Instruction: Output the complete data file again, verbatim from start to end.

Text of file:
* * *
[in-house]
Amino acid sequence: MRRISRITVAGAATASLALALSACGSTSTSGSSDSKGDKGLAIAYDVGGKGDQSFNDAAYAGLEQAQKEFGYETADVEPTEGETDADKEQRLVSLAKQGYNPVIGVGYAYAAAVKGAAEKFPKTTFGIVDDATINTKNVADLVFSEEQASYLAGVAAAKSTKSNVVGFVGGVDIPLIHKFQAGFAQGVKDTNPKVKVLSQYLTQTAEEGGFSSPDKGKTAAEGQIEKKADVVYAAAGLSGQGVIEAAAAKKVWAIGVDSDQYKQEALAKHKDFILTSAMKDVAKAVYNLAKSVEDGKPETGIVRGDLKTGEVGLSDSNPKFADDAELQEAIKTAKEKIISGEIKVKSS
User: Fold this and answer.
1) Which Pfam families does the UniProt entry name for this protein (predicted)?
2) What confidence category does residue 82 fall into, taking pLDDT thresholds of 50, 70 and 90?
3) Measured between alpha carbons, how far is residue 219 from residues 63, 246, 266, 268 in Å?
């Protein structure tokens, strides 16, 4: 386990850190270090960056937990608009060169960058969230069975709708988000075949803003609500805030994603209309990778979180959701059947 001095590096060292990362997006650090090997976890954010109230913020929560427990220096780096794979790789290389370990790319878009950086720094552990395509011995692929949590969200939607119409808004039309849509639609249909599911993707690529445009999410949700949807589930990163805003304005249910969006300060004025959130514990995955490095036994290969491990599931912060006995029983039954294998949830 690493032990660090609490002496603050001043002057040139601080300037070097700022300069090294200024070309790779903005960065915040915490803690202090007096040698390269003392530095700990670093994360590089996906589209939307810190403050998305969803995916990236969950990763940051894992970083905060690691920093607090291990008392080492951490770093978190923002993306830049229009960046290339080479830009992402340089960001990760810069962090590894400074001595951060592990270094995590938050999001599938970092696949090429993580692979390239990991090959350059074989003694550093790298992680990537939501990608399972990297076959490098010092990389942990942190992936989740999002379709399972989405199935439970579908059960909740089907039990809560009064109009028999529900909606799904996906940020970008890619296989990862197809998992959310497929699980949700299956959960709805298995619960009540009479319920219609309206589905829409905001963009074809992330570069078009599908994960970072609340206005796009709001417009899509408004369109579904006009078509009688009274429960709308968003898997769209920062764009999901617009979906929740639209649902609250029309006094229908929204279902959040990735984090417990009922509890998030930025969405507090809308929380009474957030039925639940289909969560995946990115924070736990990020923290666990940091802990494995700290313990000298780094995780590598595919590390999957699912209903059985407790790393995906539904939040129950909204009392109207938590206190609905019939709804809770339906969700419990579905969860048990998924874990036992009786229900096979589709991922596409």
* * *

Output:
[in-house]
Amino acid sequence: MRRISRITVAGAATASLALALSACGSTSTSGSSDSKGDKGLAIAYDVGGKGDQSFNDAAYAGLEQAQKEFGYETADVEPTEGETDADKEQRLVSLAKQGYNPVIGVGYAYAAAVKGAAEKFPKTTFGIVDDATINTKNVADLVFSEEQASYLAGVAAAKSTKSNVVGFVGGVDIPLIHKFQAGFAQGVKDTNPKVKVLSQYLTQTAEEGGFSSPDKGKTAAEGQIEKKADVVYAAAGLSGQGVIEAAAAKKVWAIGVDSDQYKQEALAKHKDFILTSAMKDVAKAVYNLAKSVEDGKPETGIVRGDLKTGEVGLSDSNPKFADDAELQEAIKTAKEKIISGEIKVKSS
User: Fold this and answer.
1) Which Pfam families does the UniProt entry name for this protein (predicted)?
2) What confidence category does residue 82 fall into, taking pLDDT thresholds of 50, 70 and 90?
3) Measured between alpha carbons, how far is residue 219 from residues 63, 246, 266, 268 in Å?
């Protein structure tokens, strides 16, 4: 386990850190270090960056937990608009060169960058969230069975709708988000075949803003609500805030994603209309990778979180959701059947 001095590096060292990362997006650090090997976890954010109230913020929560427990220096780096794979790789290389370990790319878009950086720094552990395509011995692929949590969200939607119409808004039309849509639609249909599911993707690529445009999410949700949807589930990163805003304005249910969006300060004025959130514990995955490095036994290969491990599931912060006995029983039954294998949830 690493032990660090609490002496603050001043002057040139601080300037070097700022300069090294200024070309790779903005960065915040915490803690202090007096040698390269003392530095700990670093994360590089996906589209939307810190403050998305969803995916990236969950990763940051894992970083905060690691920093607090291990008392080492951490770093978190923002993306830049229009960046290339080479830009992402340089960001990760810069962090590894400074001595951060592990270094995590938050999001599938970092696949090429993580692979390239990991090959350059074989003694550093790298992680990537939501990608399972990297076959490098010092990389942990942190992936989740999002379709399972989405199935439970579908059960909740089907039990809560009064109009028999529900909606799904996906940020970008890619296989990862197809998992959310497929699980949700299956959960709805298995619960009540009479319920219609309206589905829409905001963009074809992330570069078009599908994960970072609340206005796009709001417009899509408004369109579904006009078509009688009274429960709308968003898997769209920062764009999901617009979906929740639209649902609250029309006094229908929204279902959040990735984090417990009922509890998030930025969405507090809308929380009474957030039925639940289909969560995946990115924070736990990020923290666990940091802990494995700290313990000298780094995780590598595919590390999957699912209903059985407790790393995906539904939040129950909204009392109207938590206190609905019939709804809770339906969700419990579905969860048990998924874990036992009786229900096979589709991922596409």